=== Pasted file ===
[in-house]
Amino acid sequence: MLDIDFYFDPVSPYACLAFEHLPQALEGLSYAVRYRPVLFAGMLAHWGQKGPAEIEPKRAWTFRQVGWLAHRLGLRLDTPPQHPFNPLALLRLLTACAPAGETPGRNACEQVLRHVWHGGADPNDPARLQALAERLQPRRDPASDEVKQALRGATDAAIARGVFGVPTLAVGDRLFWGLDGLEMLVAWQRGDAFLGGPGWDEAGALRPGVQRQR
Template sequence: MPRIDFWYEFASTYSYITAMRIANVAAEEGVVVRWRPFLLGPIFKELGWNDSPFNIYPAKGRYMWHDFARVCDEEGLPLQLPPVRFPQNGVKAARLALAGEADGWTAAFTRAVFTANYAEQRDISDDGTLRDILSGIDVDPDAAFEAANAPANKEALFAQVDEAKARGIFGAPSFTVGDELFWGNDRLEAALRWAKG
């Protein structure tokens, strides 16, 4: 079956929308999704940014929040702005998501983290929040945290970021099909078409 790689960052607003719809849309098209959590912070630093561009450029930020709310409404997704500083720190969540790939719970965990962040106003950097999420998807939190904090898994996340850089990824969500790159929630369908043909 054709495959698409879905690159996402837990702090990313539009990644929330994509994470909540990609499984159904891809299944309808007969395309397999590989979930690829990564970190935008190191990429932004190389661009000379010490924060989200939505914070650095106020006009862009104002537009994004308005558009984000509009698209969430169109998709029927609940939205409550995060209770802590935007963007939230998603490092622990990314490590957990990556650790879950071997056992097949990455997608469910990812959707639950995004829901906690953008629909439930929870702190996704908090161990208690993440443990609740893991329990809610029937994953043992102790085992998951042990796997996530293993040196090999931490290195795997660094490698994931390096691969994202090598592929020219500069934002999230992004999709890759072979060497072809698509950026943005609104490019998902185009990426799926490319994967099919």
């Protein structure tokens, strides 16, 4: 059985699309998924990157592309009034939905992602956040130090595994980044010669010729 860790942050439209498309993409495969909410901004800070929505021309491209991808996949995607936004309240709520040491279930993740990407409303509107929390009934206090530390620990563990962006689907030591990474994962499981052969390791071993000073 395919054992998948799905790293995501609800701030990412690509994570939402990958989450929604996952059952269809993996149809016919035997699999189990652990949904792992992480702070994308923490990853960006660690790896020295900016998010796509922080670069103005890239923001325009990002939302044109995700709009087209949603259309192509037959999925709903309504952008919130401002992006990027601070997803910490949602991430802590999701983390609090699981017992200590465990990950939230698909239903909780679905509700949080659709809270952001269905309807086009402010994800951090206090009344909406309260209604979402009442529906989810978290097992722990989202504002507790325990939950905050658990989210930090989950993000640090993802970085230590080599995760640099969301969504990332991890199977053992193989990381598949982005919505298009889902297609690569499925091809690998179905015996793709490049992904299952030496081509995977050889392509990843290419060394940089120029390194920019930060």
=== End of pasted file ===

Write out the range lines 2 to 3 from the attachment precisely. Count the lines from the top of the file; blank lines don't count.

Amino acid sequence: MLDIDFYFDPVSPYACLAFEHLPQALEGLSYAVRYRPVLFAGMLAHWGQKGPAEIEPKRAWTFRQVGWLAHRLGLRLDTPPQHPFNPLALLRLLTACAPAGETPGRNACEQVLRHVWHGGADPNDPARLQALAERLQPRRDPASDEVKQALRGATDAAIARGVFGVPTLAVGDRLFWGLDGLEMLVAWQRGDAFLGGPGWDEAGALRPGVQRQR
Template sequence: MPRIDFWYEFASTYSYITAMRIANVAAEEGVVVRWRPFLLGPIFKELGWNDSPFNIYPAKGRYMWHDFARVCDEEGLPLQLPPVRFPQNGVKAARLALAGEADGWTAAFTRAVFTANYAEQRDISDDGTLRDILSGIDVDPDAAFEAANAPANKEALFAQVDEAKARGIFGAPSFTVGDELFWGNDRLEAALRWAKG